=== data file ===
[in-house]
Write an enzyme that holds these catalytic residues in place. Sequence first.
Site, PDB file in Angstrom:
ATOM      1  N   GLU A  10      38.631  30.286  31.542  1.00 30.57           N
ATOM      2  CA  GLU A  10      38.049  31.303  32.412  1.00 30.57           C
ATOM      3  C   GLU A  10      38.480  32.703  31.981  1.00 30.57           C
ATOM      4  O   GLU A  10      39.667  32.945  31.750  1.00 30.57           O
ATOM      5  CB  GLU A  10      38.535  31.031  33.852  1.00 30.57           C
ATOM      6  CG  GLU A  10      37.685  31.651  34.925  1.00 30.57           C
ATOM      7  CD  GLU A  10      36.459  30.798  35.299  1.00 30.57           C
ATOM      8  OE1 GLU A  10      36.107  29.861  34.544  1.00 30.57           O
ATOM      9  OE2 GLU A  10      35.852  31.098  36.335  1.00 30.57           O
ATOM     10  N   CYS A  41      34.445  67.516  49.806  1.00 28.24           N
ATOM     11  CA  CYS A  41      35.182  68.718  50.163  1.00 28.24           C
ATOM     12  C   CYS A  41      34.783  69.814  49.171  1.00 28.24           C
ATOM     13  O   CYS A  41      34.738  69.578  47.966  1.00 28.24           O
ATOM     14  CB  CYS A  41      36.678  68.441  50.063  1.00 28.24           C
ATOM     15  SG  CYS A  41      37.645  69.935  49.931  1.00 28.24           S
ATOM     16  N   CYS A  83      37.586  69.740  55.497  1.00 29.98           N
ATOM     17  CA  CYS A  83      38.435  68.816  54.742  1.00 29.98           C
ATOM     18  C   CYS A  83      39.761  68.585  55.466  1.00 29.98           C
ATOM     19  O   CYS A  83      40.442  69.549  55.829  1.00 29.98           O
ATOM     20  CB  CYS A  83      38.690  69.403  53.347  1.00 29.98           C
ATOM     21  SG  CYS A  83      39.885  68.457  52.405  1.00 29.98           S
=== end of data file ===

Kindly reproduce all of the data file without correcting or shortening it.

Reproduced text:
[in-house]
Write an enzyme that holds these catalytic residues in place. Sequence first.
Site, PDB file in Angstrom:
ATOM      1  N   GLU A  10      38.631  30.286  31.542  1.00 30.57           N
ATOM      2  CA  GLU A  10      38.049  31.303  32.412  1.00 30.57           C
ATOM      3  C   GLU A  10      38.480  32.703  31.981  1.00 30.57           C
ATOM      4  O   GLU A  10      39.667  32.945  31.750  1.00 30.57           O
ATOM      5  CB  GLU A  10      38.535  31.031  33.852  1.00 30.57           C
ATOM      6  CG  GLU A  10      37.685  31.651  34.925  1.00 30.57           C
ATOM      7  CD  GLU A  10      36.459  30.798  35.299  1.00 30.57           C
ATOM      8  OE1 GLU A  10      36.107  29.861  34.544  1.00 30.57           O
ATOM      9  OE2 GLU A  10      35.852  31.098  36.335  1.00 30.57           O
ATOM     10  N   CYS A  41      34.445  67.516  49.806  1.00 28.24           N
ATOM     11  CA  CYS A  41      35.182  68.718  50.163  1.00 28.24           C
ATOM     12  C   CYS A  41      34.783  69.814  49.171  1.00 28.24           C
ATOM     13  O   CYS A  41      34.738  69.578  47.966  1.00 28.24           O
ATOM     14  CB  CYS A  41      36.678  68.441  50.063  1.00 28.24           C
ATOM     15  SG  CYS A  41      37.645  69.935  49.931  1.00 28.24           S
ATOM     16  N   CYS A  83      37.586  69.740  55.497  1.00 29.98           N
ATOM     17  CA  CYS A  83      38.435  68.816  54.742  1.00 29.98           C
ATOM     18  C   CYS A  83      39.761  68.585  55.466  1.00 29.98           C
ATOM     19  O   CYS A  83      40.442  69.549  55.829  1.00 29.98           O
ATOM     20  CB  CYS A  83      38.690  69.403  53.347  1.00 29.98           C
ATOM     21  SG  CYS A  83      39.885  68.457  52.405  1.00 29.98           S